Learning Journey & Sequencing Rationale
The Key Stage 3 curriculum introduces learners to a range of fiction and non-fiction forms, aspects of narrative and rhetorical devices. Learners are introduced to fundamental concepts in English including context, form, language and structure and explore these through a range of texts and authors. Learners are also introduced to different narrative forms including plays, poems, novels and short stories and explore the aspects of narrative specific to each form. Learners explore texts from a range of literary periods, which are informed by diverse historical and social contexts and are taught to consider the idea of the literary canon, alongside authorial intention and responsibility. They revisit these substantive and disciplinary concepts across Key Stage 3, encountering them through more complex texts and learning to master understanding and application of key concepts in English.
In Year 7, learners build on their understanding of genre through the study of a full-length children’s fantasy novel and revisit a key aspect of narrative (characterisation). Learners also revisit their knowledge of figurative language and are taught a wider range of terminology in order to analyse the presentation of character. Learners are explicitly taught the conventions for analytical writing, producing their first analytical essay at key stage three.
In the spring term learners move on to the study of Shakespeare. Learners are introduced to Shakespeare’s life and work and begin to explore his use of language. This unit teaches learners about key periods in the development of the English language and introduces them to the notion of the literary canon. They will then study their first Shakespeare play, A Midsummer Night’s Dream. Disciplinary knowledge which students will study are the features of drama, essay writing, how to write topic sentences and embed relevant quotations within extended responses. They will explore literary themes like free will, love, family conflict, women and marriage, power and its abuse. Through this unit, learners read, retrieve and infer information from both non-fiction texts and literary extracts and apply this knowledge to their own extended writing, producing their own information articles.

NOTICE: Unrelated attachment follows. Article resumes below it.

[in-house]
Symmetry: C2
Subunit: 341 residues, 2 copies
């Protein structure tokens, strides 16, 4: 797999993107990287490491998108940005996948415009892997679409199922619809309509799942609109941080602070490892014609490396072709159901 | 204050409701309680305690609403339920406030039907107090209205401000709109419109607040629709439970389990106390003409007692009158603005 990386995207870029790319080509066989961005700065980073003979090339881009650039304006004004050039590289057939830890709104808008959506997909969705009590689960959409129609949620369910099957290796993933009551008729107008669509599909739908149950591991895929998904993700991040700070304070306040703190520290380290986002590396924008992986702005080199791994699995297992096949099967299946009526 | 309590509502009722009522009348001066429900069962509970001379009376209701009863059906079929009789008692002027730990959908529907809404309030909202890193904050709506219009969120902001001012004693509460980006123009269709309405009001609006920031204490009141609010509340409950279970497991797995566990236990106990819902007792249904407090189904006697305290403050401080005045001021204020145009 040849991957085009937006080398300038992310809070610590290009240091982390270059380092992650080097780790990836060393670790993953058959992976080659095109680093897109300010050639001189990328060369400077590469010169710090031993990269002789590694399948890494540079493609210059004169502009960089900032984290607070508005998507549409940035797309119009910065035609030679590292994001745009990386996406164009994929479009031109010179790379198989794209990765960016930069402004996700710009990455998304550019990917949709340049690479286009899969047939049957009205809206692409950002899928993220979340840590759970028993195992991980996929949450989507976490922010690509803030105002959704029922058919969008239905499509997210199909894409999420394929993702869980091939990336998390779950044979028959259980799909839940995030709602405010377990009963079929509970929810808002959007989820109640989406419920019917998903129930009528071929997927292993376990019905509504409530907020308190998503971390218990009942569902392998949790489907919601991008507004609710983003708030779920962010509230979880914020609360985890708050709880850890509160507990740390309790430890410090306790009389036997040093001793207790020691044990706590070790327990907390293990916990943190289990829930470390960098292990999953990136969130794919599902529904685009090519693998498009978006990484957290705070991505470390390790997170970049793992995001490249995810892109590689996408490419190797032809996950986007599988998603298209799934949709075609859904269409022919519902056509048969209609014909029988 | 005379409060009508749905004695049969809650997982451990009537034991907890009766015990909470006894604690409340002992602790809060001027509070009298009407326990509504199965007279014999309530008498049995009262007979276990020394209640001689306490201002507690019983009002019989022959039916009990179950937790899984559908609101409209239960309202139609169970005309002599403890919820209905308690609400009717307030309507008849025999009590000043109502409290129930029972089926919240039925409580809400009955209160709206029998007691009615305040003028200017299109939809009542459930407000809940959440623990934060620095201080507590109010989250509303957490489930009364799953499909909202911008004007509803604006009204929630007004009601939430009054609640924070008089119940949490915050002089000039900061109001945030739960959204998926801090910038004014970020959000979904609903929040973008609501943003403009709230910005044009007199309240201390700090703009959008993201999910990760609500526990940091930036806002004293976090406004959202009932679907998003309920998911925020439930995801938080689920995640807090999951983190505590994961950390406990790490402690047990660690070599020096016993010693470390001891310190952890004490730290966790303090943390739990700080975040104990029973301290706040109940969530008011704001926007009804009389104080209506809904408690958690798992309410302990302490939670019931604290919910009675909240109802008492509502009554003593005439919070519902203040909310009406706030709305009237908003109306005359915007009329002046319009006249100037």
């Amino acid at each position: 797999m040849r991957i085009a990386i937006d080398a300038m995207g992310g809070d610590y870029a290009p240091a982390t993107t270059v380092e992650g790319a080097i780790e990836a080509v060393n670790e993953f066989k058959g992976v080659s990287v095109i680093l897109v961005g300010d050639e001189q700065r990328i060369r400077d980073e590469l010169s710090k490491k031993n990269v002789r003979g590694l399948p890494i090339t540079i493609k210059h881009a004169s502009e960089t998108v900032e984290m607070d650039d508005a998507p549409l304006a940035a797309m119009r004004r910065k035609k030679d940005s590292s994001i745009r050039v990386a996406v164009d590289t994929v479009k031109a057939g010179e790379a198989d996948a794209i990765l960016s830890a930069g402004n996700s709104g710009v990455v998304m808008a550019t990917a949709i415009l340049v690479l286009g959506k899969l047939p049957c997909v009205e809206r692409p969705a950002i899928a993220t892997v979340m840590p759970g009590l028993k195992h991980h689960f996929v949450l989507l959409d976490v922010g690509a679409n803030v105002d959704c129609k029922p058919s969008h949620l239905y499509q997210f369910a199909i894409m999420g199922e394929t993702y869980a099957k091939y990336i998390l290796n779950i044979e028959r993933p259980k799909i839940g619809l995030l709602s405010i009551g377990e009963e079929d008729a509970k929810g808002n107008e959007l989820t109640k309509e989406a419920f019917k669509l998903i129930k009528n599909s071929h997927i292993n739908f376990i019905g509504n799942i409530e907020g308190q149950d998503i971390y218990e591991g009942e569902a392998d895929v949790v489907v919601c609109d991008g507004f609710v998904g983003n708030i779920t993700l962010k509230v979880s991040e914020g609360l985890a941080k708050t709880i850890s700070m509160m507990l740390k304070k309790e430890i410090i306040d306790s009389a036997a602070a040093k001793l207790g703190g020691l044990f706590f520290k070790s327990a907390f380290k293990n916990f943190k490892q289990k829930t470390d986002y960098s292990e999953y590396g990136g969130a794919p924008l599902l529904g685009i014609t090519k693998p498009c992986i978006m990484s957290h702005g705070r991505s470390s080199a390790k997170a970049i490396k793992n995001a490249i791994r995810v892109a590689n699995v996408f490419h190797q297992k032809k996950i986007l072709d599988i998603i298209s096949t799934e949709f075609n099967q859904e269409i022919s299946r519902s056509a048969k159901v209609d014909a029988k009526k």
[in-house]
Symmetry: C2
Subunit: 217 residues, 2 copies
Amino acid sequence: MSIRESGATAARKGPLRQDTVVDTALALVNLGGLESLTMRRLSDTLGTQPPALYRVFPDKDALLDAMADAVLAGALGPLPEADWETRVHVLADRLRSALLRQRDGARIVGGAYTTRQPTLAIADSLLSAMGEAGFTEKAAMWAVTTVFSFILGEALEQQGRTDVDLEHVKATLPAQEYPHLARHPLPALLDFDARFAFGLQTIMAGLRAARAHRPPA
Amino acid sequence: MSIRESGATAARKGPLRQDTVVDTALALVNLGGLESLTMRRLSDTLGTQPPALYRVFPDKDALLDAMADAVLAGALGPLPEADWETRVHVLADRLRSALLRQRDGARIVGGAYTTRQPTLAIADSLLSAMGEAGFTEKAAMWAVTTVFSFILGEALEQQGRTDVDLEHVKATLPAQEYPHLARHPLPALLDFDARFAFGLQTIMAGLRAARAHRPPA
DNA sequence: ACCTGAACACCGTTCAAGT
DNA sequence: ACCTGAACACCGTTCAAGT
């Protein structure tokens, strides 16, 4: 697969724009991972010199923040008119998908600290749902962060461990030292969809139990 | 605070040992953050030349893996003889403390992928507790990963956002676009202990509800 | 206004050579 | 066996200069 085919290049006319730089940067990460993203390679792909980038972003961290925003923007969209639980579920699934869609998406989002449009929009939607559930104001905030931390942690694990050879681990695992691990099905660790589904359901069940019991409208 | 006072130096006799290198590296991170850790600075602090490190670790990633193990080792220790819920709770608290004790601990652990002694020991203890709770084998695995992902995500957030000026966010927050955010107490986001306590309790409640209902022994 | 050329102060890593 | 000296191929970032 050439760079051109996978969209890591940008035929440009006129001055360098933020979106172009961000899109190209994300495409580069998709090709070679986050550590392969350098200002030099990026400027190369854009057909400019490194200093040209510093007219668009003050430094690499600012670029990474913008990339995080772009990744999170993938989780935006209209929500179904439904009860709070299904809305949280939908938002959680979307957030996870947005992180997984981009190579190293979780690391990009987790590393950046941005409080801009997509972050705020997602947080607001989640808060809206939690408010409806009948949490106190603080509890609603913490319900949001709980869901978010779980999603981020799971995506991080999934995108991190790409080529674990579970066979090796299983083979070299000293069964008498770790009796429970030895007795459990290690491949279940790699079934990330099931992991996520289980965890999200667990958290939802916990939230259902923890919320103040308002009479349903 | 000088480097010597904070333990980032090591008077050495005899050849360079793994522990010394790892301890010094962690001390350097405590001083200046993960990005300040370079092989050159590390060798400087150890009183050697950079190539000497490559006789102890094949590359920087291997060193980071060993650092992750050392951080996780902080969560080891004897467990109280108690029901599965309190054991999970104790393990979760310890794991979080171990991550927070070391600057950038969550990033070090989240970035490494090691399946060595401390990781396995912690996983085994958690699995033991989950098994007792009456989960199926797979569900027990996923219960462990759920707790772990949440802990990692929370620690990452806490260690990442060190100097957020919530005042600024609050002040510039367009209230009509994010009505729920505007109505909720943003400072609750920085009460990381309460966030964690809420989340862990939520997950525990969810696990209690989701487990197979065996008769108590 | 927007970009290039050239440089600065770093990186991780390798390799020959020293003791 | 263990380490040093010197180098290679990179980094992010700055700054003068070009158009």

In the summer term, students will be introduced to the study of poetry through the study of a ‘Nature’ poetry anthology. They will study the context of Romantic and Victorian poets, including historical influences which would have impacted their poetry. Students will be introduced to strategies for analysing a literary technique: metaphor as well as a range of strategies for responding to an unseen text. Literary themes explored will include the natural world, violence and power. In the second part of this unit, learners build on their understanding of Shakespeare’s language and the context in which he wrote through the study of two of his sonnets, where they will further develop poetic concepts in English including figurative language and poetic meter.
YEAR 7 Unit Overview
A knowledge organiser is an important document that lists the important facts that learners should know by the end of a unit of work. It is important that learners can recall these facts easily, so that when they are answering challenging questions in their assessments and GCSE and A-Level exams, they are not wasting precious time in exams focusing on remembering simple facts, but making complex arguments, and calculations.
We encourage all pupils to use them by doing the following:
- Quiz themselves at home, using the read, write, cover, check method.
- Practise spelling key vocabulary
- Further researching people, events and processes most relevant to the unit.